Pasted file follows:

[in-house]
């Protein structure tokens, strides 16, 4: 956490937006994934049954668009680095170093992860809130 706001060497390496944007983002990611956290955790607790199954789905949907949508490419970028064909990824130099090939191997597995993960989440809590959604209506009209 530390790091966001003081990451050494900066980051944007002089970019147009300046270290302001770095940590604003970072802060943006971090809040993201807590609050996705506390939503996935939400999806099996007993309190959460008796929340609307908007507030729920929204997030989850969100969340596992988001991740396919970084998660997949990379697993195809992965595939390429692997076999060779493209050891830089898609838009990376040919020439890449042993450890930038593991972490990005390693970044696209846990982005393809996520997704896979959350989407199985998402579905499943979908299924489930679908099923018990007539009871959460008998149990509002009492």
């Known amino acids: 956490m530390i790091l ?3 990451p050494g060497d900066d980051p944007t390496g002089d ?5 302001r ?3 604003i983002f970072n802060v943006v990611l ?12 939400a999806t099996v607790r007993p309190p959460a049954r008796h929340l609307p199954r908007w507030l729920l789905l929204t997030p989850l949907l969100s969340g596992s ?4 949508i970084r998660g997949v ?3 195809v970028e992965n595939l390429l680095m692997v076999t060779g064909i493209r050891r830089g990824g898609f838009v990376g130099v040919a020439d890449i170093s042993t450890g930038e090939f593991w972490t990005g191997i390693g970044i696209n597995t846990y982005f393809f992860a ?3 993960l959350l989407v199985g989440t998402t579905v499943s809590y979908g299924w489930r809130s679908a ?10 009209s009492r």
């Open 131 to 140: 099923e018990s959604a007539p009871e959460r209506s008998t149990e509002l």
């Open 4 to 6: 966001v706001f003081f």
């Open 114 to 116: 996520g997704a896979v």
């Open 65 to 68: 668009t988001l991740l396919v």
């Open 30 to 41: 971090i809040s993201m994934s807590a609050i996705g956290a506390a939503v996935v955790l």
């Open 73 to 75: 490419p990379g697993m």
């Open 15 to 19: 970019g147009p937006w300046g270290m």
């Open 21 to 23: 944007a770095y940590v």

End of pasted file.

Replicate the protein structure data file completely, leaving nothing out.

[in-house]
């Protein structure tokens, strides 16, 4: 956490937006994934049954668009680095170093992860809130 706001060497390496944007983002990611956290955790607790199954789905949907949508490419970028064909990824130099090939191997597995993960989440809590959604209506009209 530390790091966001003081990451050494900066980051944007002089970019147009300046270290302001770095940590604003970072802060943006971090809040993201807590609050996705506390939503996935939400999806099996007993309190959460008796929340609307908007507030729920929204997030989850969100969340596992988001991740396919970084998660997949990379697993195809992965595939390429692997076999060779493209050891830089898609838009990376040919020439890449042993450890930038593991972490990005390693970044696209846990982005393809996520997704896979959350989407199985998402579905499943979908299924489930679908099923018990007539009871959460008998149990509002009492």
């Known amino acids: 956490m530390i790091l ?3 990451p050494g060497d900066d980051p944007t390496g002089d ?5 302001r ?3 604003i983002f970072n802060v943006v990611l ?12 939400a999806t099996v607790r007993p309190p959460a049954r008796h929340l609307p199954r908007w507030l729920l789905l929204t997030p989850l949907l969100s969340g596992s ?4 949508i970084r998660g997949v ?3 195809v970028e992965n595939l390429l680095m692997v076999t060779g064909i493209r050891r830089g990824g898609f838009v990376g130099v040919a020439d890449i170093s042993t450890g930038e090939f593991w972490t990005g191997i390693g970044i696209n597995t846990y982005f393809f992860a ?3 993960l959350l989407v199985g989440t998402t579905v499943s809590y979908g299924w489930r809130s679908a ?10 009209s009492r």
């Open 131 to 140: 099923e018990s959604a007539p009871e959460r209506s008998t149990e509002l």
């Open 4 to 6: 966001v706001f003081f």
């Open 114 to 116: 996520g997704a896979v």
């Open 65 to 68: 668009t988001l991740l396919v």
């Open 30 to 41: 971090i809040s993201m994934s807590a609050i996705g956290a506390a939503v996935v955790l």
């Open 73 to 75: 490419p990379g697993m």
């Open 15 to 19: 970019g147009p937006w300046g270290m």
């Open 21 to 23: 944007a770095y940590v």